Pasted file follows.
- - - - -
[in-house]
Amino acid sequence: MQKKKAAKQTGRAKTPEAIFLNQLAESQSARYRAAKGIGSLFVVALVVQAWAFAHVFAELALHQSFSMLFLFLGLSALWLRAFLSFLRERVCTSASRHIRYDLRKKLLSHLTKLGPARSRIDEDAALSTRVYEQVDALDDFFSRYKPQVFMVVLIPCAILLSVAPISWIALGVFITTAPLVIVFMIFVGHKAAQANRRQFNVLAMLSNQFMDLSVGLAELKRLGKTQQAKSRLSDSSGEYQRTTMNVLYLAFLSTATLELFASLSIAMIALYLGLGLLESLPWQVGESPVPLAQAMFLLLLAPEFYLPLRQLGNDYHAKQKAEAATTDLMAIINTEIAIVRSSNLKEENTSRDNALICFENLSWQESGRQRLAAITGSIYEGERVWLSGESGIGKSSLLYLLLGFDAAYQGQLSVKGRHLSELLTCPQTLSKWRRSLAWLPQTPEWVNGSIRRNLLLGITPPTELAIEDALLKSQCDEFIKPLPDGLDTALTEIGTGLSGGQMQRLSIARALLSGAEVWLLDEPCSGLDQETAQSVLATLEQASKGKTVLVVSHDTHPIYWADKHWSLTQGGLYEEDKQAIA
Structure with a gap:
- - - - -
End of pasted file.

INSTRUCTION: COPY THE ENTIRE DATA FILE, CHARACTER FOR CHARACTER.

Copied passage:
[in-house]
Amino acid sequence: MQKKKAAKQTGRAKTPEAIFLNQLAESQSARYRAAKGIGSLFVVALVVQAWAFAHVFAELALHQSFSMLFLFLGLSALWLRAFLSFLRERVCTSASRHIRYDLRKKLLSHLTKLGPARSRIDEDAALSTRVYEQVDALDDFFSRYKPQVFMVVLIPCAILLSVAPISWIALGVFITTAPLVIVFMIFVGHKAAQANRRQFNVLAMLSNQFMDLSVGLAELKRLGKTQQAKSRLSDSSGEYQRTTMNVLYLAFLSTATLELFASLSIAMIALYLGLGLLESLPWQVGESPVPLAQAMFLLLLAPEFYLPLRQLGNDYHAKQKAEAATTDLMAIINTEIAIVRSSNLKEENTSRDNALICFENLSWQESGRQRLAAITGSIYEGERVWLSGESGIGKSSLLYLLLGFDAAYQGQLSVKGRHLSELLTCPQTLSKWRRSLAWLPQTPEWVNGSIRRNLLLGITPPTELAIEDALLKSQCDEFIKPLPDGLDTALTEIGTGLSGGQMQRLSIARALLSGAEVWLLDEPCSGLDQETAQSVLATLEQASKGKTVLVVSHDTHPIYWADKHWSLTQGGLYEEDKQAIA
Structure with a gap: